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Template talk:PD-EU-no author disclosure

Corporate ownershipEdit

As well as pseudonymous or anonymous works, this template could be modified to include works which claim corporate ownership. UK and Belgian law, at least, recognise such cases and begin the 70 year term of protection at publication. I have no idea about other jurisdictions. Angus McLellan (Talk) 22:41, 7 October 2008 (UTC)


How is this different from Template:Anonymous-EU, exactly? Other than adding those weird requirements? PS. I see this was asked, discussed and no consensus was reached at Template_talk:Anonymous-EU#PD-EU-no_author_disclosure. This suggest to me this template should be merged with the other one. --Piotr Konieczny aka Prokonsul Piotrus Talk 16:58, 15 September 2011 (UTC)

+1 --Mormegil (talk) 14:05, 5 June 2014 (UTC)
Agreed. Actually, I would keep {{PD-anon-70}} and merge the other two, to have a generic template which covers all these cases, instead of three different templates, which cover almost the same cases. Regards, Yann (talk) 07:08, 6 June 2014 (UTC)
In the current wordings the licenses seem to be identical (the "weird requirements" are icluded in the other one, too). There is a reason for another license though for some special cases, where the work remains "pseudo-anonymous" (= its copyright expires 70 years after first publication) in spite of the fact that originally anonymous author's identity has been disclosed within 70 years from publication. As for now, neither this license nor the {{PD-anon-70-EU}} (aka {{Anonymous-EU}}) applies to these.--Shlomo (talk) 07:43, 7 July 2016 (UTC)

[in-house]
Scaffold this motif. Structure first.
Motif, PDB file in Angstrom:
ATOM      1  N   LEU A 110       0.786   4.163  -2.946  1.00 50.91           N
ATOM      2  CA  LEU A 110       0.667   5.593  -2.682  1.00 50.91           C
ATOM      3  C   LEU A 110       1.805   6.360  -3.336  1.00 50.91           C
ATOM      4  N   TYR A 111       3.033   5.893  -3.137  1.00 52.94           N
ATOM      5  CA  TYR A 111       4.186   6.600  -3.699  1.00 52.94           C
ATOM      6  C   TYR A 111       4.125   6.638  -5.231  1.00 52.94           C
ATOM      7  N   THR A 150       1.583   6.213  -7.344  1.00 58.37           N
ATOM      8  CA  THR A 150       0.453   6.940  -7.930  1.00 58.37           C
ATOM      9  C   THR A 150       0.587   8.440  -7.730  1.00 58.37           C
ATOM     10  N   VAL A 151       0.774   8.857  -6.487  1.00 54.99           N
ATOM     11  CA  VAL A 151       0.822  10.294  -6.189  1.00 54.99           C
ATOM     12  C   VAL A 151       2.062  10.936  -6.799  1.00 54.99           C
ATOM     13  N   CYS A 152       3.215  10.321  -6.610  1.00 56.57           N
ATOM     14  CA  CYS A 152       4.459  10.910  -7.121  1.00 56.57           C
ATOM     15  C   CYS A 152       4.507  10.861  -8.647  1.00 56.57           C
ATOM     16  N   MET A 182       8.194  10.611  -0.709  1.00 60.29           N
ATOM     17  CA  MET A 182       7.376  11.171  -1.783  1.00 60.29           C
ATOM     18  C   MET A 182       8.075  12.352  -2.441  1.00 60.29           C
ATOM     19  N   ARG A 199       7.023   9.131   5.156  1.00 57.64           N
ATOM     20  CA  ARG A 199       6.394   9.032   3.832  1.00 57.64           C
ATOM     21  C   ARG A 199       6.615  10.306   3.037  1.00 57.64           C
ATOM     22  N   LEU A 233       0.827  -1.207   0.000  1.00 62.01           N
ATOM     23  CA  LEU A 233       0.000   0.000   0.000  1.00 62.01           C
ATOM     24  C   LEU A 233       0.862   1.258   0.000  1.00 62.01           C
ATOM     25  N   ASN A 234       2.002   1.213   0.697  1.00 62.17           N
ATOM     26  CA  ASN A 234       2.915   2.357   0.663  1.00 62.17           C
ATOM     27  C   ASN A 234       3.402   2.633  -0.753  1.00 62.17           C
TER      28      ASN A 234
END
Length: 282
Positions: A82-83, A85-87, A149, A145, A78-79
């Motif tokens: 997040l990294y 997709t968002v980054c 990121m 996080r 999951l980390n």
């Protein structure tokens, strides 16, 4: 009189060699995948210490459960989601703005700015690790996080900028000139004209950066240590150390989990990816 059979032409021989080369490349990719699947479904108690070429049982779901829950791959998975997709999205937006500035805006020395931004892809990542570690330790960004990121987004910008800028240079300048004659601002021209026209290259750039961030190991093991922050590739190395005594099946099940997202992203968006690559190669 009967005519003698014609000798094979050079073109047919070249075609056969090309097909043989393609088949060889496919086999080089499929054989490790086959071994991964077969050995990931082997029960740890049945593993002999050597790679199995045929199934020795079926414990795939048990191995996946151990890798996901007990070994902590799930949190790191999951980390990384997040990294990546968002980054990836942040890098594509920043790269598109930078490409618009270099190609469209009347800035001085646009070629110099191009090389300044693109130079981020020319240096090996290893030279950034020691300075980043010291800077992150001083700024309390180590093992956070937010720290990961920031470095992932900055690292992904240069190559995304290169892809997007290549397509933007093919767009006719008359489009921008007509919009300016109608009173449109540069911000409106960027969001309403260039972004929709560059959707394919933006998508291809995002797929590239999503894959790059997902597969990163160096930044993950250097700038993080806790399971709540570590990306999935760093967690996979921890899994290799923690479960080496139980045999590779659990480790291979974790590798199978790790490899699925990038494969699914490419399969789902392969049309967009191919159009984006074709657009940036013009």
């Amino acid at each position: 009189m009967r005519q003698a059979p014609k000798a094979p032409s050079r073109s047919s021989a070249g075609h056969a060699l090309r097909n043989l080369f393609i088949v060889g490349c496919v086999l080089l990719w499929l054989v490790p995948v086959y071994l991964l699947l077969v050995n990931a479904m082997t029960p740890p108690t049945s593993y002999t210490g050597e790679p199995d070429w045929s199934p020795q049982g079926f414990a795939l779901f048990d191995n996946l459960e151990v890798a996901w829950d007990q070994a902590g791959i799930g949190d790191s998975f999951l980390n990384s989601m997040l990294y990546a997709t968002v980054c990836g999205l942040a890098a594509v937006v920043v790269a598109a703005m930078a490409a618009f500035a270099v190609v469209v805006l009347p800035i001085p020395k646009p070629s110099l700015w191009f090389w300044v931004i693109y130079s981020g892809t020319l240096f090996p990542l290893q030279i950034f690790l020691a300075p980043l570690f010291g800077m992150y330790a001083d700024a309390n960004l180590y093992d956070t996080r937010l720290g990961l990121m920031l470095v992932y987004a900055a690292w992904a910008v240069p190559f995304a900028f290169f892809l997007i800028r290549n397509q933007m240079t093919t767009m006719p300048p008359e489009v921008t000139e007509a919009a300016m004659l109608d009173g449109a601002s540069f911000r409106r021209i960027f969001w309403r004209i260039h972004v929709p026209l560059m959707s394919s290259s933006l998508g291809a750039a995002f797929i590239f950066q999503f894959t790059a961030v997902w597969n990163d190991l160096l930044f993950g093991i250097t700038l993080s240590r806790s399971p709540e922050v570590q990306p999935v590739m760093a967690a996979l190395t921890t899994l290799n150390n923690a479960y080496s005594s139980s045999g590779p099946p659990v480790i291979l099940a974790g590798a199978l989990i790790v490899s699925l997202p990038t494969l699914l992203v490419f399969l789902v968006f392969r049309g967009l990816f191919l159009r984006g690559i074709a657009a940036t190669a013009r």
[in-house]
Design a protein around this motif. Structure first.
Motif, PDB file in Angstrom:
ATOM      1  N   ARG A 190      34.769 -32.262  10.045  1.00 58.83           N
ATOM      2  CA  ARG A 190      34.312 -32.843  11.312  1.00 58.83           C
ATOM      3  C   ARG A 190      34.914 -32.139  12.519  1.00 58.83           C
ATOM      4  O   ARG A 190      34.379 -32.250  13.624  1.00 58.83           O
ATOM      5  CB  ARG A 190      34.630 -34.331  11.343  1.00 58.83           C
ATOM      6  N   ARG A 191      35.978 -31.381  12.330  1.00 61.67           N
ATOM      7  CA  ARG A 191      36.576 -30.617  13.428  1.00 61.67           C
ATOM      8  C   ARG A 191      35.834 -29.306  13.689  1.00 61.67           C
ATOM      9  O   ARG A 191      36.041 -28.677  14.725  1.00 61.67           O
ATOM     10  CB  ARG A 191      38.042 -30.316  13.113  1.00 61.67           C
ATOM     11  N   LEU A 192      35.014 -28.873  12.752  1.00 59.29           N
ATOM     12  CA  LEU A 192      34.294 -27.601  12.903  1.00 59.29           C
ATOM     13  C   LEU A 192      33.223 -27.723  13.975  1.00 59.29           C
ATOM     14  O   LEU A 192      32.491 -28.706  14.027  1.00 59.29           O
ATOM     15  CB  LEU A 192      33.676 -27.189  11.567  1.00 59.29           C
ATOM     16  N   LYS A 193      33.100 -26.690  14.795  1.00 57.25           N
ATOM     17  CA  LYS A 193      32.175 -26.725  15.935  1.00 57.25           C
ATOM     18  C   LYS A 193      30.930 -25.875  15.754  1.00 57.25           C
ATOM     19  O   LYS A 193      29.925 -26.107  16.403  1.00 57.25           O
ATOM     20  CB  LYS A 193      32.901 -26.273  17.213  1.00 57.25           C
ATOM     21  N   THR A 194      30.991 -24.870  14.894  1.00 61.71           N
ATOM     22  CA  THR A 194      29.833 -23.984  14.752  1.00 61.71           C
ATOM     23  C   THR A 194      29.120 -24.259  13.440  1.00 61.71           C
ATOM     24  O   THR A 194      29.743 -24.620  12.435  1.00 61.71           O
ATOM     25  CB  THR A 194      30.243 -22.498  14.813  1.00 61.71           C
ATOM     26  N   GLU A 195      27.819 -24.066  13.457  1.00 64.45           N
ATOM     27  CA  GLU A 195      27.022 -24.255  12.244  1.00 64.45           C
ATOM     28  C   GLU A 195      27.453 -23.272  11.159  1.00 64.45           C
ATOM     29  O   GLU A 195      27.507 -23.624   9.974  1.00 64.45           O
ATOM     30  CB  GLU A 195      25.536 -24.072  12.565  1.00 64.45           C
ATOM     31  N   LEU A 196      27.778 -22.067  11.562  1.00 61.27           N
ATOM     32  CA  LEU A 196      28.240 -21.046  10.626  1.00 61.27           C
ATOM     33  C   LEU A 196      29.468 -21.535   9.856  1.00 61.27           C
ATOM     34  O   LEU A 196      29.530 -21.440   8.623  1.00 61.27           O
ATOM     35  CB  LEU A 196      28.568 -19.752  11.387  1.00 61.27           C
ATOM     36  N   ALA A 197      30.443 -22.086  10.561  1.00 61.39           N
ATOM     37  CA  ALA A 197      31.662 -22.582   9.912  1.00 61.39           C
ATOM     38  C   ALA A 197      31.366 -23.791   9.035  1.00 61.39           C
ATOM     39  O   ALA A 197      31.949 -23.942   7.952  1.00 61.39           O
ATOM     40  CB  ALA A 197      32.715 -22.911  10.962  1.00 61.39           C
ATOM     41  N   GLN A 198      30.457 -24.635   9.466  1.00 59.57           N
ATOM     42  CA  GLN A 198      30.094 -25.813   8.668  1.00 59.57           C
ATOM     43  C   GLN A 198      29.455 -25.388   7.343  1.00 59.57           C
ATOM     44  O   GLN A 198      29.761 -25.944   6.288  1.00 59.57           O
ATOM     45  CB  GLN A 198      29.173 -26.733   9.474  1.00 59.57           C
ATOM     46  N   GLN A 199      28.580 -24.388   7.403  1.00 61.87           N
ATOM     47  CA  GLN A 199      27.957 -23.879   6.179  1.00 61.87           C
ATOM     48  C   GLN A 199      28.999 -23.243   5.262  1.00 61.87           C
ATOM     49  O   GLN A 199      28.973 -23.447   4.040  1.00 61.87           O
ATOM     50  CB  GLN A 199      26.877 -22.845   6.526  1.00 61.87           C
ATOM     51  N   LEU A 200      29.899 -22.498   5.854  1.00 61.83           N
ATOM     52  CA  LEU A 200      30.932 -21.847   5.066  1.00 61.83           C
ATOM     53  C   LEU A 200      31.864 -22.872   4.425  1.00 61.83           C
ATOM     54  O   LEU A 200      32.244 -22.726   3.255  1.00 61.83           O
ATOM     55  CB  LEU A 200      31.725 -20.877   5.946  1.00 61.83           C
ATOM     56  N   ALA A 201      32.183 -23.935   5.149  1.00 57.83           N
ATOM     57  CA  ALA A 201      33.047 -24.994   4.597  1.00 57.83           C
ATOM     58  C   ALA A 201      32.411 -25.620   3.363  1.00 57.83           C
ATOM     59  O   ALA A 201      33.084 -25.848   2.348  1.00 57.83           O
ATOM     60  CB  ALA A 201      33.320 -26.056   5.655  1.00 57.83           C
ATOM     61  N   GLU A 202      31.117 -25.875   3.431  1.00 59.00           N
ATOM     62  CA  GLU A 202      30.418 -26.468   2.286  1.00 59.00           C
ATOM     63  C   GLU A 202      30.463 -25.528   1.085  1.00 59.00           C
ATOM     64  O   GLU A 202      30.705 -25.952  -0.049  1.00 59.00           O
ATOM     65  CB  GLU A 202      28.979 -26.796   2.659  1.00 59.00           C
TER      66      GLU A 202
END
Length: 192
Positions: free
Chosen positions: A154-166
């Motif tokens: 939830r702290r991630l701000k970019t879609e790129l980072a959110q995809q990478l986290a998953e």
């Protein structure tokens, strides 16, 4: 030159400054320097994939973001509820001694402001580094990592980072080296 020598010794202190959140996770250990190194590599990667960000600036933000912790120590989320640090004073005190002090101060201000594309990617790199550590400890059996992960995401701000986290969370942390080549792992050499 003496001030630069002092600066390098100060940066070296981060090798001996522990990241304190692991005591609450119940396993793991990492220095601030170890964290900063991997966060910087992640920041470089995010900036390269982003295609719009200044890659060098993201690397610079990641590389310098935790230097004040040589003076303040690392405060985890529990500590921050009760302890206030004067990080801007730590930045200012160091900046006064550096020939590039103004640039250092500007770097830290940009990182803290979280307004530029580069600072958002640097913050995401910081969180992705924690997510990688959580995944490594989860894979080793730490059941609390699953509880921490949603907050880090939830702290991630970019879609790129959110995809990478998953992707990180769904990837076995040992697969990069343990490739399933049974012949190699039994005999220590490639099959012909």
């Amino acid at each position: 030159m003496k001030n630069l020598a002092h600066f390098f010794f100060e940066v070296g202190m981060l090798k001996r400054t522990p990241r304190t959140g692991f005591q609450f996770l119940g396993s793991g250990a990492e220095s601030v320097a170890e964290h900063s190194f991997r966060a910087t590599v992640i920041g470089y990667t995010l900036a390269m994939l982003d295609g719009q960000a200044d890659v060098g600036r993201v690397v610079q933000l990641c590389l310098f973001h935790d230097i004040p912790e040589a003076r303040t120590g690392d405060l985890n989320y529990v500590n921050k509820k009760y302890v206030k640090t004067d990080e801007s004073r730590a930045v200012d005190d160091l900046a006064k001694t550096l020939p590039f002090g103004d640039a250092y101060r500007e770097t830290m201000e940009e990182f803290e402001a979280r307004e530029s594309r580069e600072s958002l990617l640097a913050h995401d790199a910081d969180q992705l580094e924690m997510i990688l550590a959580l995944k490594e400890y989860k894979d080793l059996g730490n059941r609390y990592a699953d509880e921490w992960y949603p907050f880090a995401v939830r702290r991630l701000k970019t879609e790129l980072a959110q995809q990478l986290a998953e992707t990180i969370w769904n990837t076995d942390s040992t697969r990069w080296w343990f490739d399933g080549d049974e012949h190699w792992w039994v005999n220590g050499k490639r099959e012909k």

Definition if "published"Edit

Can we have one? --Piotr Konieczny aka Prokonsul Piotrus Talk 04:43, 16 April 2019 (UTC)

This is based on the Danish law (in particular the book Peter Schønning (2008) Ophavsretsloven med kommentarer, p. 211–214) but should be generally applicable to other EU countries:
  • A work is published when copies have been legally distributed to the public, usually but not necessarily through trade.
  • A work has been made available to the public when it has been published or it has been on public display or a public performance has taken place (both have to be done legally).
Note that at least the English version of the text is too strict because it does not distinguish correctly between publication and making available to the public. Making available to the public is the one we want. If we try to into much more depth than this, I think we will have to delve into country-specific stuff such as citing court cases, so that is about as specific a definition as I am comfortable writing. Peter Alberti (talk) 18:54, 17 April 2019 (UTC)
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